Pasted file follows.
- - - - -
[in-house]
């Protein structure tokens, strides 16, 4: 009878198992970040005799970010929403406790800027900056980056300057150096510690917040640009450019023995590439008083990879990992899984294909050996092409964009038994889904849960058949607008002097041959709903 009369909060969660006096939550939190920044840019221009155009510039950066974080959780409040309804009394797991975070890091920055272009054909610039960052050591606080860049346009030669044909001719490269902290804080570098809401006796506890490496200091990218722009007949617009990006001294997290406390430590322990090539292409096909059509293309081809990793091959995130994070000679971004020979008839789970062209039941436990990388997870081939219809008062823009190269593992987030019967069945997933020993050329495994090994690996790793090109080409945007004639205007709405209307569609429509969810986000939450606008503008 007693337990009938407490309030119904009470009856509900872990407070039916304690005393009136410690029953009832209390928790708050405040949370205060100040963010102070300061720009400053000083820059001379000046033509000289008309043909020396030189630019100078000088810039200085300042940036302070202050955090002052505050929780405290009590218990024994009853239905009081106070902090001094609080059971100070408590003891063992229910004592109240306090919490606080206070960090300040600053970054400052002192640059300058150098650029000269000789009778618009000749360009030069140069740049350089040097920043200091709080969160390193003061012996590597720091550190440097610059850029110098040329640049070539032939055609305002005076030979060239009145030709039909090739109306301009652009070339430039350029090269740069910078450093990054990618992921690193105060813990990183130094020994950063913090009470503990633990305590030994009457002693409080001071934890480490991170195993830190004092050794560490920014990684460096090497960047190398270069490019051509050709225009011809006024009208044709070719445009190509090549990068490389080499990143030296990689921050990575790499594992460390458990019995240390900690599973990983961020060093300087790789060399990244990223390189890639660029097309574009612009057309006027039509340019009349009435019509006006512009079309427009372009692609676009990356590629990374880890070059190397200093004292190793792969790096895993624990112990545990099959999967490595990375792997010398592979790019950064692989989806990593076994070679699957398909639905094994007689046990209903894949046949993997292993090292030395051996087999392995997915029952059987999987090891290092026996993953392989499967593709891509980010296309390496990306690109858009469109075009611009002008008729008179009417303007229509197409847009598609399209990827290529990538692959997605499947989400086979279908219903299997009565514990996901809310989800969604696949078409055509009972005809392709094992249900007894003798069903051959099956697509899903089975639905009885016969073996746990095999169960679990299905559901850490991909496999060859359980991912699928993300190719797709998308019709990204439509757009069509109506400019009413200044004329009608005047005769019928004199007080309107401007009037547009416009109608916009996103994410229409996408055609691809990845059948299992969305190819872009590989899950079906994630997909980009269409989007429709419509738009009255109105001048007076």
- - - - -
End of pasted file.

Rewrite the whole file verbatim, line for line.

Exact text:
[in-house]
């Protein structure tokens, strides 16, 4: 009878198992970040005799970010929403406790800027900056980056300057150096510690917040640009450019023995590439008083990879990992899984294909050996092409964009038994889904849960058949607008002097041959709903 009369909060969660006096939550939190920044840019221009155009510039950066974080959780409040309804009394797991975070890091920055272009054909610039960052050591606080860049346009030669044909001719490269902290804080570098809401006796506890490496200091990218722009007949617009990006001294997290406390430590322990090539292409096909059509293309081809990793091959995130994070000679971004020979008839789970062209039941436990990388997870081939219809008062823009190269593992987030019967069945997933020993050329495994090994690996790793090109080409945007004639205007709405209307569609429509969810986000939450606008503008 007693337990009938407490309030119904009470009856509900872990407070039916304690005393009136410690029953009832209390928790708050405040949370205060100040963010102070300061720009400053000083820059001379000046033509000289008309043909020396030189630019100078000088810039200085300042940036302070202050955090002052505050929780405290009590218990024994009853239905009081106070902090001094609080059971100070408590003891063992229910004592109240306090919490606080206070960090300040600053970054400052002192640059300058150098650029000269000789009778618009000749360009030069140069740049350089040097920043200091709080969160390193003061012996590597720091550190440097610059850029110098040329640049070539032939055609305002005076030979060239009145030709039909090739109306301009652009070339430039350029090269740069910078450093990054990618992921690193105060813990990183130094020994950063913090009470503990633990305590030994009457002693409080001071934890480490991170195993830190004092050794560490920014990684460096090497960047190398270069490019051509050709225009011809006024009208044709070719445009190509090549990068490389080499990143030296990689921050990575790499594992460390458990019995240390900690599973990983961020060093300087790789060399990244990223390189890639660029097309574009612009057309006027039509340019009349009435019509006006512009079309427009372009692609676009990356590629990374880890070059190397200093004292190793792969790096895993624990112990545990099959999967490595990375792997010398592979790019950064692989989806990593076994070679699957398909639905094994007689046990209903894949046949993997292993090292030395051996087999392995997915029952059987999987090891290092026996993953392989499967593709891509980010296309390496990306690109858009469109075009611009002008008729008179009417303007229509197409847009598609399209990827290529990538692959997605499947989400086979279908219903299997009565514990996901809310989800969604696949078409055509009972005809392709094992249900007894003798069903051959099956697509899903089975639905009885016969073996746990095999169960679990299905559901850490991909496999060859359980991912699928993300190719797709998308019709990204439509757009069509109506400019009413200044004329009608005047005769019928004199007080309107401007009037547009416009109608916009996103994410229409996408055609691809990845059948299992969305190819872009590989899950079906994630997909980009269409989007429709419509738009009255109105001048007076």